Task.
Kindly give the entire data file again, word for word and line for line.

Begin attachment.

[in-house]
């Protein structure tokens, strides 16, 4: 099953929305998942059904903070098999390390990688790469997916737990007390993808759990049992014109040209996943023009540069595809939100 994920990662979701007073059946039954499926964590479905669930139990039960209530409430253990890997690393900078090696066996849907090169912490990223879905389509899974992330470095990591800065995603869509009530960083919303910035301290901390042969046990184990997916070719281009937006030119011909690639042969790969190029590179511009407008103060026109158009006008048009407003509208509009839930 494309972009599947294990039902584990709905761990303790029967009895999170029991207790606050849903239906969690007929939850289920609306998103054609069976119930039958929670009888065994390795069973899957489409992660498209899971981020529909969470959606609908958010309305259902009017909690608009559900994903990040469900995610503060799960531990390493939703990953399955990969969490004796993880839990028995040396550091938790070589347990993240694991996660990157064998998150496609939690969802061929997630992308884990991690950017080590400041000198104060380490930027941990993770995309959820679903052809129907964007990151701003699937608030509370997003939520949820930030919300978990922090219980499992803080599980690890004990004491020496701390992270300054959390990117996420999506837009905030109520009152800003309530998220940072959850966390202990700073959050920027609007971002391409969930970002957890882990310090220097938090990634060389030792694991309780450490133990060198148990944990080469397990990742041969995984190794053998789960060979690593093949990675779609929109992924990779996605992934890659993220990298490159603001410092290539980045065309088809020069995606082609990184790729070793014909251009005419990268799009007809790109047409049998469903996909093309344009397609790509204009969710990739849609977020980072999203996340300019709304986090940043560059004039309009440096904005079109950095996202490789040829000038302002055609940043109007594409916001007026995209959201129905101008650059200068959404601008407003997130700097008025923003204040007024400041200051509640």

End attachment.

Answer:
[in-house]
């Protein structure tokens, strides 16, 4: 099953929305998942059904903070098999390390990688790469997916737990007390993808759990049992014109040209996943023009540069595809939100 994920990662979701007073059946039954499926964590479905669930139990039960209530409430253990890997690393900078090696066996849907090169912490990223879905389509899974992330470095990591800065995603869509009530960083919303910035301290901390042969046990184990997916070719281009937006030119011909690639042969790969190029590179511009407008103060026109158009006008048009407003509208509009839930 494309972009599947294990039902584990709905761990303790029967009895999170029991207790606050849903239906969690007929939850289920609306998103054609069976119930039958929670009888065994390795069973899957489409992660498209899971981020529909969470959606609908958010309305259902009017909690608009559900994903990040469900995610503060799960531990390493939703990953399955990969969490004796993880839990028995040396550091938790070589347990993240694991996660990157064998998150496609939690969802061929997630992308884990991690950017080590400041000198104060380490930027941990993770995309959820679903052809129907964007990151701003699937608030509370997003939520949820930030919300978990922090219980499992803080599980690890004990004491020496701390992270300054959390990117996420999506837009905030109520009152800003309530998220940072959850966390202990700073959050920027609007971002391409969930970002957890882990310090220097938090990634060389030792694991309780450490133990060198148990944990080469397990990742041969995984190794053998789960060979690593093949990675779609929109992924990779996605992934890659993220990298490159603001410092290539980045065309088809020069995606082609990184790729070793014909251009005419990268799009007809790109047409049998469903996909093309344009397609790509204009969710990739849609977020980072999203996340300019709304986090940043560059004039309009440096904005079109950095996202490789040829000038302002055609940043109007594409916001007026995209959201129905101008650059200068959404601008407003997130700097008025923003204040007024400041200051509640």